Kesha and Luke were both defendants in a 2011 civil suit filed by another of the pop star’s ex-managers.
Among the allegations, the former manager claimed that Kesha and Luke had sex. The issue was explored in-depth in a legally-binding deposition, which is basically pre-trial testimony.
Kesha denied having sex with Luke and even testified that he never gave her a date rape drug.
While a deposition doesn’t carry quite as much weight as actual testimony at trial, the information can be used to “impeach” a witness by calling into question their veracity.
Despite her previous testimony, Kesha made exactly the same allegations against Luke in her latest lawsuit which IM reported on Oct. 14.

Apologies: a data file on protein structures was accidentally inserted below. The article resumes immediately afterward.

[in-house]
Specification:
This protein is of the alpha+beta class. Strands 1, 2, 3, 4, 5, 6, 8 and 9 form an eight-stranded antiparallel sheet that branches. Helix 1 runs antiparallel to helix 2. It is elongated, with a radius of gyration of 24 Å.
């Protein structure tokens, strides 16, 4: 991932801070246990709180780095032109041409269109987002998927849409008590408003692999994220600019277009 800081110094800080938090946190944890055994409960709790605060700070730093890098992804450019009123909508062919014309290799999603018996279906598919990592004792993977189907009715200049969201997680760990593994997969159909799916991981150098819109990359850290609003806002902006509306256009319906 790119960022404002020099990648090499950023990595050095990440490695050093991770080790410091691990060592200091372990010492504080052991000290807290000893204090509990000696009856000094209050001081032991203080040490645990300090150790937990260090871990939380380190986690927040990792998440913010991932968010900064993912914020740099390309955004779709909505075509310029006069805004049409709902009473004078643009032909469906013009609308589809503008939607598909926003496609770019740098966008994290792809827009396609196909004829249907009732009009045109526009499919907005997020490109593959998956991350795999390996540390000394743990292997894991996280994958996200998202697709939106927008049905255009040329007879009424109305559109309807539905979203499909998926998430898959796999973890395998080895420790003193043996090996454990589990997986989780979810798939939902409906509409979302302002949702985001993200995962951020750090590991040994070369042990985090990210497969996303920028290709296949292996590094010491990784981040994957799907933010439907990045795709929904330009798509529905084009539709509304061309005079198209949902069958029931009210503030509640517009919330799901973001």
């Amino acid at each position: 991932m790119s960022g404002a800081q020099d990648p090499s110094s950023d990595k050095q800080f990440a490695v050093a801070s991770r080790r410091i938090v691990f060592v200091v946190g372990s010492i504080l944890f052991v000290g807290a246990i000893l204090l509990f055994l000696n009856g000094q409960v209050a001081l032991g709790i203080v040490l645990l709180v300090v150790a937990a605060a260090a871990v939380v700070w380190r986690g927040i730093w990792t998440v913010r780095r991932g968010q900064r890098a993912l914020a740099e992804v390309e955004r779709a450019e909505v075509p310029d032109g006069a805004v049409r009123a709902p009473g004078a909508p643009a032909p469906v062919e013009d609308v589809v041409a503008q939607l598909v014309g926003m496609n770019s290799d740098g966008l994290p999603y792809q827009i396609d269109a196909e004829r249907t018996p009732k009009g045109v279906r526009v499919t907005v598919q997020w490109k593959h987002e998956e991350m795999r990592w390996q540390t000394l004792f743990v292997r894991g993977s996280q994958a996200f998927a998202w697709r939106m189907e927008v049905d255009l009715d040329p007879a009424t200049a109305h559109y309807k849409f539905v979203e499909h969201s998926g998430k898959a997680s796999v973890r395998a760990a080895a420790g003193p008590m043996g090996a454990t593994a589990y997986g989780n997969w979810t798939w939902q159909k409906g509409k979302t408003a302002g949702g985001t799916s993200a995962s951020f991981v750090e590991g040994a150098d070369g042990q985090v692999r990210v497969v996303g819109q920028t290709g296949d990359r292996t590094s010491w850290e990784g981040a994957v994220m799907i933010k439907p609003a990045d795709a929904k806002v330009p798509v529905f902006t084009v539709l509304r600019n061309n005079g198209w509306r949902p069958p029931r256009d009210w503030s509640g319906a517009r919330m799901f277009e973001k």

The deposition in the previous case had been sealed, until Luke’s lawyer Christine Lepera, filed a motion to unseal that was granted by a judge. The lawyer promptly leaked it to gossip site TMZ.
Kesha’s celebrity lawyer Mark Geragos called the maneuver “a pathetic attempt to once again blame the victim,” according to the gossip site.
“Luke walked Kesha down the beach and threatened to destroy Kesha’s life and the lives of her family if she didn’t cover up his sexual assaults,” he added.
But this is no cheap trick, although Kesha may be able to exploit a loophole.
A deposition taken in an earlier action may be used in a later action, according to Rule 32 (8) of the Federal Rules of Civil Procedure.
But it must be “involving the same subject matter between the same parties, or their representatives or successors in interest, to the same extent as if taken in the latter action,” according to the Legal Information Institute at Cornell Law School.
That means Geragos may be able to block admission of the deposition as evidence because Luke was not on the opposing side in the previous case.
But if he fails, Kesha’s case may come down to her word against… her word.
For the latest developments in the case, follow IM on Twitter.